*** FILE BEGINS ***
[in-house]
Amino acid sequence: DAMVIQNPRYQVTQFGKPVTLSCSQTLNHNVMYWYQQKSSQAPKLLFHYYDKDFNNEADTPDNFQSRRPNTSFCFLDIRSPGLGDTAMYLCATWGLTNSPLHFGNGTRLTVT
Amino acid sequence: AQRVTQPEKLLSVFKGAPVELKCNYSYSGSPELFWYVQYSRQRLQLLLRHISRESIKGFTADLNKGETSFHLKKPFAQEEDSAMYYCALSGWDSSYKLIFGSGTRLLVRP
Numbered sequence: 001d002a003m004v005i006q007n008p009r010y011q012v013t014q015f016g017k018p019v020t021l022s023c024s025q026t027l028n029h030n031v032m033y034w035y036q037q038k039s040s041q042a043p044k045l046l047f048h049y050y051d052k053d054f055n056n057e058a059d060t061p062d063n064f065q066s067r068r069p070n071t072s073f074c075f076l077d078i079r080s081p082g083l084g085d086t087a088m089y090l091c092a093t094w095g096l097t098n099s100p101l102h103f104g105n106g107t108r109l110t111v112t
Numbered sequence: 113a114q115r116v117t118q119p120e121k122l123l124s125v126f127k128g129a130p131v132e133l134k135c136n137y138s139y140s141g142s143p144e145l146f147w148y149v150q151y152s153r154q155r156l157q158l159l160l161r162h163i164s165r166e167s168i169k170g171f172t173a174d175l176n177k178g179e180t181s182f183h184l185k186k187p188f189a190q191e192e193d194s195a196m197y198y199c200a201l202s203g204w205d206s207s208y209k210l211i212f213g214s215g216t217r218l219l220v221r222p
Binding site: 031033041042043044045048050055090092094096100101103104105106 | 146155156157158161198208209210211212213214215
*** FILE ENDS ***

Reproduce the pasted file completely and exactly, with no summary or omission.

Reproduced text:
[in-house]
Amino acid sequence: DAMVIQNPRYQVTQFGKPVTLSCSQTLNHNVMYWYQQKSSQAPKLLFHYYDKDFNNEADTPDNFQSRRPNTSFCFLDIRSPGLGDTAMYLCATWGLTNSPLHFGNGTRLTVT
Amino acid sequence: AQRVTQPEKLLSVFKGAPVELKCNYSYSGSPELFWYVQYSRQRLQLLLRHISRESIKGFTADLNKGETSFHLKKPFAQEEDSAMYYCALSGWDSSYKLIFGSGTRLLVRP
Numbered sequence: 001d002a003m004v005i006q007n008p009r010y011q012v013t014q015f016g017k018p019v020t021l022s023c024s025q026t027l028n029h030n031v032m033y034w035y036q037q038k039s040s041q042a043p044k045l046l047f048h049y050y051d052k053d054f055n056n057e058a059d060t061p062d063n064f065q066s067r068r069p070n071t072s073f074c075f076l077d078i079r080s081p082g083l084g085d086t087a088m089y090l091c092a093t094w095g096l097t098n099s100p101l102h103f104g105n106g107t108r109l110t111v112t
Numbered sequence: 113a114q115r116v117t118q119p120e121k122l123l124s125v126f127k128g129a130p131v132e133l134k135c136n137y138s139y140s141g142s143p144e145l146f147w148y149v150q151y152s153r154q155r156l157q158l159l160l161r162h163i164s165r166e167s168i169k170g171f172t173a174d175l176n177k178g179e180t181s182f183h184l185k186k187p188f189a190q191e192e193d194s195a196m197y198y199c200a201l202s203g204w205d206s207s208y209k210l211i212f213g214s215g216t217r218l219l220v221r222p
Binding site: 031033041042043044045048050055090092094096100101103104105106 | 146155156157158161198208209210211212213214215